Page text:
Greenion is an interesting technology that uses ionized water in order to reduce carbon dioxide to bicarbonate and it could be applied from industry to vehicle
The discovery of a methodology of reducing carbon dioxide is the Holy Grail of science, a goal still far from being achieved with satisfying results. The main problem is the high stability of CO2 and the consequent difficulty in carrying out chemical transformations. Among the various proposals in the international comunity, today we describe an approach a little different from the usual that comes from Hungary, namely the reduction of CO2 through water.
How it work
The Greeion project uses a methodology patented by the Hungarian Ferenc Meszaros into systems that can theoretically be applied anywhere, at the back of the cars, in the industries, or even far from industrialized centers, in combination with solar cell fields or wind turbines. The water spontaneously gaves autoprotolysis, i.e. it reacts with itself producing H3O+ and OH– ions, in very low quantities, about 100 nanomolar. If the water is supplied with electricity at an appropriate voltage, the autoprotolysis reaction can be favoured, enriching the water of ions and obtaining acidity values up to a pH 11. The alkaline water (i.e. rich in OH– ions) can reacts with the gas rich in CO2 reducing the carbon dioxide in the hydrogen carbonate ion HCO3– (commonly known as bicarbonate) and the carbonate ion CO32-. In order to increase the yield of the reaction, the sphere or cylinder where the reaction occurs must be composed of specific materials or at least coated with a tiny layer of Titanium or titanium dioxide. The metal, pure or the oxide, acts as catalysts, directing the electrons towards the surface in contact with water and CO2, making the reaction faster.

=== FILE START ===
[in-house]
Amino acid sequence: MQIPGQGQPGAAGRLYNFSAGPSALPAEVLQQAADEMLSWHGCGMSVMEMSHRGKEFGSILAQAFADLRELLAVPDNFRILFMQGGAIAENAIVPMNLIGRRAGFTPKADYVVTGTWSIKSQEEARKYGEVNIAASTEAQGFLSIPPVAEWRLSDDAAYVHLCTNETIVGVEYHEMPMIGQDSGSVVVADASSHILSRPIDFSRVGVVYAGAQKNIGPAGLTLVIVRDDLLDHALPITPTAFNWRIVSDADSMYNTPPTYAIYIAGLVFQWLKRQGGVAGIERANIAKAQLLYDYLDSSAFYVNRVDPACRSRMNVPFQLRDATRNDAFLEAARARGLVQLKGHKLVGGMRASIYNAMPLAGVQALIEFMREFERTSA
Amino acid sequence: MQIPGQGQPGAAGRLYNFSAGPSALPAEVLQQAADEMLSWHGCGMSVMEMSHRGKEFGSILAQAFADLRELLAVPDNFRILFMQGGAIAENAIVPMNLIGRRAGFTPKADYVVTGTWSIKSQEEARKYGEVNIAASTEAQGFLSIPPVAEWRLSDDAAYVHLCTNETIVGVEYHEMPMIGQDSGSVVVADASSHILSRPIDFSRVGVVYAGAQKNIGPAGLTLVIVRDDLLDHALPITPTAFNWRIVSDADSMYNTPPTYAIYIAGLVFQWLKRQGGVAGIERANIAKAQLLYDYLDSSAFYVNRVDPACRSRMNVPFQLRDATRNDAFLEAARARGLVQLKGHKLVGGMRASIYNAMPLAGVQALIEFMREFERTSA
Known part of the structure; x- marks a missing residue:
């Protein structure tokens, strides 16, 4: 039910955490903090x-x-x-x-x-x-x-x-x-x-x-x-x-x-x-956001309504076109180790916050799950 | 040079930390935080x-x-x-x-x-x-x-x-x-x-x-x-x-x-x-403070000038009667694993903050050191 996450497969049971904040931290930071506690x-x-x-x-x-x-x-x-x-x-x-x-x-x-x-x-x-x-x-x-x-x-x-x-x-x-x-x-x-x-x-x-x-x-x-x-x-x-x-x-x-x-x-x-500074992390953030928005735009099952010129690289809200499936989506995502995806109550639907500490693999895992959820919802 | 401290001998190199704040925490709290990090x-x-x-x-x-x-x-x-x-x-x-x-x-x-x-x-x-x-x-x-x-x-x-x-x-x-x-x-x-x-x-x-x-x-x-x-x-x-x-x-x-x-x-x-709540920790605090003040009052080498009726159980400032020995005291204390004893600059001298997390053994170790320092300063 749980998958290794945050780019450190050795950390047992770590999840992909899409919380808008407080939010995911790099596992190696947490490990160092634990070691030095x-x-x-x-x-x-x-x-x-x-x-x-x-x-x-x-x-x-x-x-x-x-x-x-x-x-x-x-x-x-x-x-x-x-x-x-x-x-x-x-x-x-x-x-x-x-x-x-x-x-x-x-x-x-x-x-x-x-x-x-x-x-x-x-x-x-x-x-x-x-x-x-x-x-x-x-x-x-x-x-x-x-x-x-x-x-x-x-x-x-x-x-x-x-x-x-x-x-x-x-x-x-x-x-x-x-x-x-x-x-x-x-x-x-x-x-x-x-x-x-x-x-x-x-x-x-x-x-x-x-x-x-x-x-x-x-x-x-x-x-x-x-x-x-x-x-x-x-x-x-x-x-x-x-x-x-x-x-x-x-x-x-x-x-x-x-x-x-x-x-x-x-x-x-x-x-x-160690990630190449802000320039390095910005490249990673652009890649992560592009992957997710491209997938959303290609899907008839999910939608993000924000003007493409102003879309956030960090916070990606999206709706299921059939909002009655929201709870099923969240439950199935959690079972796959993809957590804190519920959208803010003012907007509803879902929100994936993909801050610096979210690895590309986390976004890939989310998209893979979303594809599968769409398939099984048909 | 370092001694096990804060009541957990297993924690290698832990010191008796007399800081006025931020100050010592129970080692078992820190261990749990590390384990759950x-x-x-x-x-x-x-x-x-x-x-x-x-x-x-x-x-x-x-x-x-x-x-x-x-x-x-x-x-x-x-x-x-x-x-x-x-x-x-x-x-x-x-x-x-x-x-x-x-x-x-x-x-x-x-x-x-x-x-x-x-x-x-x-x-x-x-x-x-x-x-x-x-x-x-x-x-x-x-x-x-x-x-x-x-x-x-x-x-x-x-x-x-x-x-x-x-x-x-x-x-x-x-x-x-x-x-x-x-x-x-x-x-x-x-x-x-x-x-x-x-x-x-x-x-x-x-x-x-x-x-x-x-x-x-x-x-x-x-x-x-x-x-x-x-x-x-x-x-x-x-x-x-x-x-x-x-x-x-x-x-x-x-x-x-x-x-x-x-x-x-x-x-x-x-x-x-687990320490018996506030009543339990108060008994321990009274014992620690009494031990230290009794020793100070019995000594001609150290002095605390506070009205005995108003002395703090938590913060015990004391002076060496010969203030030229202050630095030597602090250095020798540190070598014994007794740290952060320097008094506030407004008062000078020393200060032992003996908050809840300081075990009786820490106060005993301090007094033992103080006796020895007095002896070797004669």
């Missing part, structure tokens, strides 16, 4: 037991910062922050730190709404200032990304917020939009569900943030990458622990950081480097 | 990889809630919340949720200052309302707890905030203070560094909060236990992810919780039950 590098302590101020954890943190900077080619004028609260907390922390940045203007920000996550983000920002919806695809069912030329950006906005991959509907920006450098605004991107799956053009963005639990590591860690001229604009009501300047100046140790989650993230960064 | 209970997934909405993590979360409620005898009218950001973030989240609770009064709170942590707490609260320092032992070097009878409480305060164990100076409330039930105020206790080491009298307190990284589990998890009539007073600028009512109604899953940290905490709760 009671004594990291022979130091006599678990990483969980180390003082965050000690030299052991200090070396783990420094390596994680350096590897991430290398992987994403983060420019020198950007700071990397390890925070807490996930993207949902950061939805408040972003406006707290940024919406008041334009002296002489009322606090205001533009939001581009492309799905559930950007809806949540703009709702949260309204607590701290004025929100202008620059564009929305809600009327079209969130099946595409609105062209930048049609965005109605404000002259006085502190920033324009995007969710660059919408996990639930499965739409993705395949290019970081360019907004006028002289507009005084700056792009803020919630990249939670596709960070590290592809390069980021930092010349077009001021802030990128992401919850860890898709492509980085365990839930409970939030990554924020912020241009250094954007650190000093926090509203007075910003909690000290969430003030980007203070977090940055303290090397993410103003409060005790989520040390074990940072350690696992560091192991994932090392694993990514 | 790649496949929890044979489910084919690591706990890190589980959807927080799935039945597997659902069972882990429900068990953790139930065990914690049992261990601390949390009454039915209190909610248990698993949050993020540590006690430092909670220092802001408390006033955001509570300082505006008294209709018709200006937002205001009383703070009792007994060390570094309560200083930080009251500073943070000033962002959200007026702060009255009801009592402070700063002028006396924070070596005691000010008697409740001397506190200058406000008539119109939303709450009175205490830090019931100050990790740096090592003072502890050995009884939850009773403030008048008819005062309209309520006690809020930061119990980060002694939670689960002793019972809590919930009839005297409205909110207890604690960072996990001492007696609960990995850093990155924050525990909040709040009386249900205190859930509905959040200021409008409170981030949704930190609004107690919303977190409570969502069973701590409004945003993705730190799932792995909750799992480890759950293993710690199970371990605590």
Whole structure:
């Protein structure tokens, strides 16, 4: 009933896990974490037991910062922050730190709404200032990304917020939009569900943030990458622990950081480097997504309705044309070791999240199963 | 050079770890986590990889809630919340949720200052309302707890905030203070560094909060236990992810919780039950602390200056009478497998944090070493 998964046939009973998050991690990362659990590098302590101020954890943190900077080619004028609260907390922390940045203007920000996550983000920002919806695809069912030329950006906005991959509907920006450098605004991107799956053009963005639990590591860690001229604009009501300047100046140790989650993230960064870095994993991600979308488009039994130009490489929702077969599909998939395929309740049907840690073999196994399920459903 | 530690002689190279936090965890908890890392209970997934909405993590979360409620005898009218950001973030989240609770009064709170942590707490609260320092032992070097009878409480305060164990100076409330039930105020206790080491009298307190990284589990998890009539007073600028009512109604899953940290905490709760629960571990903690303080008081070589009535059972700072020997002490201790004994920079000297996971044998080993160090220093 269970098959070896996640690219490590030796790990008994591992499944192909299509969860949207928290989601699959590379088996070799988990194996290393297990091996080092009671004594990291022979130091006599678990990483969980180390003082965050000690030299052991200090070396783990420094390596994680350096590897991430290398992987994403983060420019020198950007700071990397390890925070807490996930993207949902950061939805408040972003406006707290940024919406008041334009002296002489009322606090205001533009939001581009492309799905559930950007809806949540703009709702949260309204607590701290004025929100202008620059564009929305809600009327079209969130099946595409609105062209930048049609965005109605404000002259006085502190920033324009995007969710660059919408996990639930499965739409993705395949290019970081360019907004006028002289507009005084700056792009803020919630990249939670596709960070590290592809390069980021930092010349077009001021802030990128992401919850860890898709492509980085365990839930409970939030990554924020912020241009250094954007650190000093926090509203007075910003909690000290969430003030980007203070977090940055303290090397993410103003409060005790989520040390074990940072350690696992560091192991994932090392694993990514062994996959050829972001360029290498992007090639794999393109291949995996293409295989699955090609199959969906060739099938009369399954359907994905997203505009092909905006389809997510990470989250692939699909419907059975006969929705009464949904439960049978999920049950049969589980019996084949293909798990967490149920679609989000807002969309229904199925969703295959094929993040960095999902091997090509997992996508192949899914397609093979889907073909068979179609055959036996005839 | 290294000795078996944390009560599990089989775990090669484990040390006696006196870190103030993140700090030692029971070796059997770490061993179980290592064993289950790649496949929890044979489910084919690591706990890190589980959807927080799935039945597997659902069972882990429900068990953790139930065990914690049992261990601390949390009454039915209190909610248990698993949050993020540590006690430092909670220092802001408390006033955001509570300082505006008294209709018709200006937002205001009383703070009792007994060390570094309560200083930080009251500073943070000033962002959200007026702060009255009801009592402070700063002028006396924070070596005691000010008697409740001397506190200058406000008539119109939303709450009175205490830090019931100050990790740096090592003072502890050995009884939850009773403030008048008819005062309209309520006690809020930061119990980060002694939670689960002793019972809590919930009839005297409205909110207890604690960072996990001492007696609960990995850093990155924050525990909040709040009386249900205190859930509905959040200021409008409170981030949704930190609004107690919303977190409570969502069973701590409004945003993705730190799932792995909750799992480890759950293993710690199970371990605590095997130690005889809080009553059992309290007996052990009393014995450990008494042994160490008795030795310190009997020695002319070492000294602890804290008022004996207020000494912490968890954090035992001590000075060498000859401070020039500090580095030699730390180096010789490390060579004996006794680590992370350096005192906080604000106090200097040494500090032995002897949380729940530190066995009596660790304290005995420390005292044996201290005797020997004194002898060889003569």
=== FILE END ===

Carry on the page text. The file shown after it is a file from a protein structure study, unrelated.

Where Greenion can be employed
This new technology therefore only needs a source of water and a source of electricity, so it can be applied anywhere, moreover waste products (bicarbonate and carbonate) are very stable molecules that have low ecological impact. For example, a large factory can treat CO2 as soon as it is produced, transforming it into bicarbonate that can be either deposited or released into the sea, having an almost zero impact on the atmosphere and the surrounding ecosystem.
Impact on the transport
A further application concerns the vehicle market, which is increasingly careful about the efficiency aspect of catalytic exhaust gas systems. The first prototypes based on Greeion chemistry are able to reduce the CO2 emitted in the exhaust gases, condensing the exhaust gas that contains water directly in the catalyst. The system generates and ionizes water and therefore does not need to be recharged. The only drawback is the size of the system, still too large and invasive, but on the other hand, is still the Holy Grail that we are looking for.